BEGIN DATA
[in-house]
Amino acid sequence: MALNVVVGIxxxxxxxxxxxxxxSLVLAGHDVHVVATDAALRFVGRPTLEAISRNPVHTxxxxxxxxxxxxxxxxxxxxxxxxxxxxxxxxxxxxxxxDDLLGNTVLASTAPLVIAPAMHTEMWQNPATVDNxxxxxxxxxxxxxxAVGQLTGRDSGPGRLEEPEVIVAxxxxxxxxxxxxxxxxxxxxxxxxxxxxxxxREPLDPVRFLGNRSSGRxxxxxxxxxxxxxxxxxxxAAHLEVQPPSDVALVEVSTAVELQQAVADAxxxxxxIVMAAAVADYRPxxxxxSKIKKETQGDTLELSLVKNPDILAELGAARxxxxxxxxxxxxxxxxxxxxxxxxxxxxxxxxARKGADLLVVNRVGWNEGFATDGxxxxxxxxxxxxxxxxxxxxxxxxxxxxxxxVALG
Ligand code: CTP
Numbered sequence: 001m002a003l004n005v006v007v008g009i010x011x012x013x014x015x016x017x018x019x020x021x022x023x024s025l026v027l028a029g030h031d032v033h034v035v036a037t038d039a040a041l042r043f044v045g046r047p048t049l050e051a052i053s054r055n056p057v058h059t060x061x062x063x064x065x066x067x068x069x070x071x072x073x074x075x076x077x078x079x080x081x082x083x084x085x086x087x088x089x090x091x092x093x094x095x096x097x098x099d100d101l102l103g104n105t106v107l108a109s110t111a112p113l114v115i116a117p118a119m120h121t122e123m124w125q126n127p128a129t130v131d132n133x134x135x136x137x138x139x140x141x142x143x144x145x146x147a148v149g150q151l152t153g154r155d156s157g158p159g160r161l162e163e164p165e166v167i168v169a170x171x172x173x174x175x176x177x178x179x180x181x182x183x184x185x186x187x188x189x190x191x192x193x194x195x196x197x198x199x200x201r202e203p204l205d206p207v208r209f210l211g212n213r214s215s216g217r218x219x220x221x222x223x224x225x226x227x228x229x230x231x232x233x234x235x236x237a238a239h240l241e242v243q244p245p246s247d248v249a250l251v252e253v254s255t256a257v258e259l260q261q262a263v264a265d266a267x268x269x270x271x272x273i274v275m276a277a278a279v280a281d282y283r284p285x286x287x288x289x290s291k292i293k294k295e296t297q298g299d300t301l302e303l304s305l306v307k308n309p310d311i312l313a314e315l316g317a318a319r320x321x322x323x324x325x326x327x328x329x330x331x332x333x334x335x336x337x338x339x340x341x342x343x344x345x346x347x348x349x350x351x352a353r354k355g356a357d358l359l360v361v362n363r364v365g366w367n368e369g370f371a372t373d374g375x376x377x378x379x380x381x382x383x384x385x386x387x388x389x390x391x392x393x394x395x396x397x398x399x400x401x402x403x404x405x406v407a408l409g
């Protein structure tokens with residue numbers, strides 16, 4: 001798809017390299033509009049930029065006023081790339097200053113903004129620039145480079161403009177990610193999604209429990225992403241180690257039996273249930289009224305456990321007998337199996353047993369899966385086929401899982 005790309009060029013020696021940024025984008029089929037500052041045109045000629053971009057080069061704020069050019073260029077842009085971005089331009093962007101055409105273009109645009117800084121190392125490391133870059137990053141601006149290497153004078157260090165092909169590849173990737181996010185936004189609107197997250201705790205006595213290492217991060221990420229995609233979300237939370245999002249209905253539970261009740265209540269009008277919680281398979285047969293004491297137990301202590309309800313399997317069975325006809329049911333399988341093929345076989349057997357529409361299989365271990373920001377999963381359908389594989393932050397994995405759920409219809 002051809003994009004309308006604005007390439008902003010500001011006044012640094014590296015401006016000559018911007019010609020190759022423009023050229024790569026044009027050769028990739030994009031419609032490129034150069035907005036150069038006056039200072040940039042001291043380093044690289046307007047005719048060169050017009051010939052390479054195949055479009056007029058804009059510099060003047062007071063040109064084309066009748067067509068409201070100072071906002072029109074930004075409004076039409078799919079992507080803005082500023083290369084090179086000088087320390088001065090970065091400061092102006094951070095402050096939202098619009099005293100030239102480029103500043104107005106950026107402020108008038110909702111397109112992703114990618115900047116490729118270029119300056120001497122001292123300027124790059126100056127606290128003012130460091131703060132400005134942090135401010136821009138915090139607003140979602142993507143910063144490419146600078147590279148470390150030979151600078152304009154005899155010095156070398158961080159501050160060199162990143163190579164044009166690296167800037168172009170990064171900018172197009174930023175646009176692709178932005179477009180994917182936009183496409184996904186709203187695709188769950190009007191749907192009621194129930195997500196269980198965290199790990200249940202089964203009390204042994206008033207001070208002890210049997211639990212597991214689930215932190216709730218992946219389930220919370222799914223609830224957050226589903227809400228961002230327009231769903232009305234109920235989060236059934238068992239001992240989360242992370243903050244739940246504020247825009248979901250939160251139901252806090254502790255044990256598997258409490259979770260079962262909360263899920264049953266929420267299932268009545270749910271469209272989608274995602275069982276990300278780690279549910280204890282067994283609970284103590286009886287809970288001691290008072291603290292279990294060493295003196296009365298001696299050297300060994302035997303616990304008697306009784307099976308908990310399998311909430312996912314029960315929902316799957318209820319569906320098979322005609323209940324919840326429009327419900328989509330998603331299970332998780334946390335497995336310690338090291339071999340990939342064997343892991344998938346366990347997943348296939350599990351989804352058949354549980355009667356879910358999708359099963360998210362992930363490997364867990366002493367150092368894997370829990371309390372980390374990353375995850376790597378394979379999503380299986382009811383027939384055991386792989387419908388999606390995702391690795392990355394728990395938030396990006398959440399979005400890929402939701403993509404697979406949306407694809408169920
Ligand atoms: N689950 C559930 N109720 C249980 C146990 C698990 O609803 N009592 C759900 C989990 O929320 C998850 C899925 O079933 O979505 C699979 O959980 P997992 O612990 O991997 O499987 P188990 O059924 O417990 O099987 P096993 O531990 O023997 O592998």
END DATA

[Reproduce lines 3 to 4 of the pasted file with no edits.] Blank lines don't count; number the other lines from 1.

Ligand code: CTP
Numbered sequence: 001m002a003l004n005v006v007v008g009i010x011x012x013x014x015x016x017x018x019x020x021x022x023x024s025l026v027l028a029g030h031d032v033h034v035v036a037t038d039a040a041l042r043f044v045g046r047p048t049l050e051a052i053s054r055n056p057v058h059t060x061x062x063x064x065x066x067x068x069x070x071x072x073x074x075x076x077x078x079x080x081x082x083x084x085x086x087x088x089x090x091x092x093x094x095x096x097x098x099d100d101l102l103g104n105t106v107l108a109s110t111a112p113l114v115i116a117p118a119m120h121t122e123m124w125q126n127p128a129t130v131d132n133x134x135x136x137x138x139x140x141x142x143x144x145x146x147a148v149g150q151l152t153g154r155d156s157g158p159g160r161l162e163e164p165e166v167i168v169a170x171x172x173x174x175x176x177x178x179x180x181x182x183x184x185x186x187x188x189x190x191x192x193x194x195x196x197x198x199x200x201r202e203p204l205d206p207v208r209f210l211g212n213r214s215s216g217r218x219x220x221x222x223x224x225x226x227x228x229x230x231x232x233x234x235x236x237a238a239h240l241e242v243q244p245p246s247d248v249a250l251v252e253v254s255t256a257v258e259l260q261q262a263v264a265d266a267x268x269x270x271x272x273i274v275m276a277a278a279v280a281d282y283r284p285x286x287x288x289x290s291k292i293k294k295e296t297q298g299d300t301l302e303l304s305l306v307k308n309p310d311i312l313a314e315l316g317a318a319r320x321x322x323x324x325x326x327x328x329x330x331x332x333x334x335x336x337x338x339x340x341x342x343x344x345x346x347x348x349x350x351x352a353r354k355g356a357d358l359l360v361v362n363r364v365g366w367n368e369g370f371a372t373d374g375x376x377x378x379x380x381x382x383x384x385x386x387x388x389x390x391x392x393x394x395x396x397x398x399x400x401x402x403x404x405x406v407a408l409g